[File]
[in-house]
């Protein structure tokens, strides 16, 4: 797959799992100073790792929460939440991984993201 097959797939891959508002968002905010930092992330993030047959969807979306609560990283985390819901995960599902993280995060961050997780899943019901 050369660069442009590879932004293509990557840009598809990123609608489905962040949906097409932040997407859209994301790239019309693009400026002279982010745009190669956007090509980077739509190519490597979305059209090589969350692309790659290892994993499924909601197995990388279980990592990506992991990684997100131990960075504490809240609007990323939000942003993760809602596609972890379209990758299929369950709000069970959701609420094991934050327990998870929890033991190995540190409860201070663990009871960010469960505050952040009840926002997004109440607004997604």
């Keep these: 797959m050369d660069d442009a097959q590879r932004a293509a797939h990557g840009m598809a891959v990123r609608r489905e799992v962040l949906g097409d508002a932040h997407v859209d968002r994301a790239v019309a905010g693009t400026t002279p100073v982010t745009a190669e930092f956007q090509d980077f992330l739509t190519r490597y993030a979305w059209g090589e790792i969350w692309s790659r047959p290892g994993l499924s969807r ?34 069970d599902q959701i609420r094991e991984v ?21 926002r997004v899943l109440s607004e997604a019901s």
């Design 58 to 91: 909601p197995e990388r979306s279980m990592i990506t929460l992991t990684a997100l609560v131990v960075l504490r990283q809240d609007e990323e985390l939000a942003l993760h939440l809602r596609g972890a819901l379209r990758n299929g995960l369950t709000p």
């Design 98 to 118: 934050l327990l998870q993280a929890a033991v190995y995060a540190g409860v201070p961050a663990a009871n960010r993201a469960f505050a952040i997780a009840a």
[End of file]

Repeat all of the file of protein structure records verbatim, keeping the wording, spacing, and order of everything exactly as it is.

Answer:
[in-house]
């Protein structure tokens, strides 16, 4: 797959799992100073790792929460939440991984993201 097959797939891959508002968002905010930092992330993030047959969807979306609560990283985390819901995960599902993280995060961050997780899943019901 050369660069442009590879932004293509990557840009598809990123609608489905962040949906097409932040997407859209994301790239019309693009400026002279982010745009190669956007090509980077739509190519490597979305059209090589969350692309790659290892994993499924909601197995990388279980990592990506992991990684997100131990960075504490809240609007990323939000942003993760809602596609972890379209990758299929369950709000069970959701609420094991934050327990998870929890033991190995540190409860201070663990009871960010469960505050952040009840926002997004109440607004997604």
């Keep these: 797959m050369d660069d442009a097959q590879r932004a293509a797939h990557g840009m598809a891959v990123r609608r489905e799992v962040l949906g097409d508002a932040h997407v859209d968002r994301a790239v019309a905010g693009t400026t002279p100073v982010t745009a190669e930092f956007q090509d980077f992330l739509t190519r490597y993030a979305w059209g090589e790792i969350w692309s790659r047959p290892g994993l499924s969807r ?34 069970d599902q959701i609420r094991e991984v ?21 926002r997004v899943l109440s607004e997604a019901s």
């Design 58 to 91: 909601p197995e990388r979306s279980m990592i990506t929460l992991t990684a997100l609560v131990v960075l504490r990283q809240d609007e990323e985390l939000a942003l993760h939440l809602r596609g972890a819901l379209r990758n299929g995960l369950t709000p």
């Design 98 to 118: 934050l327990l998870q993280a929890a033991v190995y995060a540190g409860v201070p961050a663990a009871n960010r993201a469960f505050a952040i997780a009840a």